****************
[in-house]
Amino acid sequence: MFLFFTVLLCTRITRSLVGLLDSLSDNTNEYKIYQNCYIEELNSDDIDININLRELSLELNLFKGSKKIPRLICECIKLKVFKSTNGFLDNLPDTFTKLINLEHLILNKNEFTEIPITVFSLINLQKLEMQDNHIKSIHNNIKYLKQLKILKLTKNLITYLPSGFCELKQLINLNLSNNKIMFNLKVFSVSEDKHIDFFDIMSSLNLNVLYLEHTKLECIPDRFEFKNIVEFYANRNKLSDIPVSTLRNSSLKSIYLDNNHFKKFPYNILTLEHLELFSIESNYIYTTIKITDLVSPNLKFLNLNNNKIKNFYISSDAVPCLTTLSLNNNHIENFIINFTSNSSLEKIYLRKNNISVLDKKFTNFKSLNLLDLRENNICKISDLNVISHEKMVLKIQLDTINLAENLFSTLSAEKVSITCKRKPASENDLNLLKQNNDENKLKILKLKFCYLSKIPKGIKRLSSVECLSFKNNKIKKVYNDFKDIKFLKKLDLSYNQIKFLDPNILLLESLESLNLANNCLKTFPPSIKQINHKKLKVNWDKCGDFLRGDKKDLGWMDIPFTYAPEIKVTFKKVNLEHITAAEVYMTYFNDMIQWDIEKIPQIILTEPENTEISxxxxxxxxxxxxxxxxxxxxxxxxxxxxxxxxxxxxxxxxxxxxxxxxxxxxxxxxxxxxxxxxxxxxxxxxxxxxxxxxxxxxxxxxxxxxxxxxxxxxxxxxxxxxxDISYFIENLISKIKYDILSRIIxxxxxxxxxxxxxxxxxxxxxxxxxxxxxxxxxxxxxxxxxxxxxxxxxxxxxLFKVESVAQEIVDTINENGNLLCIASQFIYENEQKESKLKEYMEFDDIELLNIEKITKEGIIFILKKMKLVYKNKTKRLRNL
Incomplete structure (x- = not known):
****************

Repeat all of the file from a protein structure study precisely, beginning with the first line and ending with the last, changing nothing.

[in-house]
Amino acid sequence: MFLFFTVLLCTRITRSLVGLLDSLSDNTNEYKIYQNCYIEELNSDDIDININLRELSLELNLFKGSKKIPRLICECIKLKVFKSTNGFLDNLPDTFTKLINLEHLILNKNEFTEIPITVFSLINLQKLEMQDNHIKSIHNNIKYLKQLKILKLTKNLITYLPSGFCELKQLINLNLSNNKIMFNLKVFSVSEDKHIDFFDIMSSLNLNVLYLEHTKLECIPDRFEFKNIVEFYANRNKLSDIPVSTLRNSSLKSIYLDNNHFKKFPYNILTLEHLELFSIESNYIYTTIKITDLVSPNLKFLNLNNNKIKNFYISSDAVPCLTTLSLNNNHIENFIINFTSNSSLEKIYLRKNNISVLDKKFTNFKSLNLLDLRENNICKISDLNVISHEKMVLKIQLDTINLAENLFSTLSAEKVSITCKRKPASENDLNLLKQNNDENKLKILKLKFCYLSKIPKGIKRLSSVECLSFKNNKIKKVYNDFKDIKFLKKLDLSYNQIKFLDPNILLLESLESLNLANNCLKTFPPSIKQINHKKLKVNWDKCGDFLRGDKKDLGWMDIPFTYAPEIKVTFKKVNLEHITAAEVYMTYFNDMIQWDIEKIPQIILTEPENTEISxxxxxxxxxxxxxxxxxxxxxxxxxxxxxxxxxxxxxxxxxxxxxxxxxxxxxxxxxxxxxxxxxxxxxxxxxxxxxxxxxxxxxxxxxxxxxxxxxxxxxxxxxxxxxDISYFIENLISKIKYDILSRIIxxxxxxxxxxxxxxxxxxxxxxxxxxxxxxxxxxxxxxxxxxxxxxxxxxxxxLFKVESVAQEIVDTINENGNLLCIASQFIYENEQKESKLKEYMEFDDIELLNIEKITKEGIIFILKKMKLVYKNKTKRLRNL
Incomplete structure (x- = not known):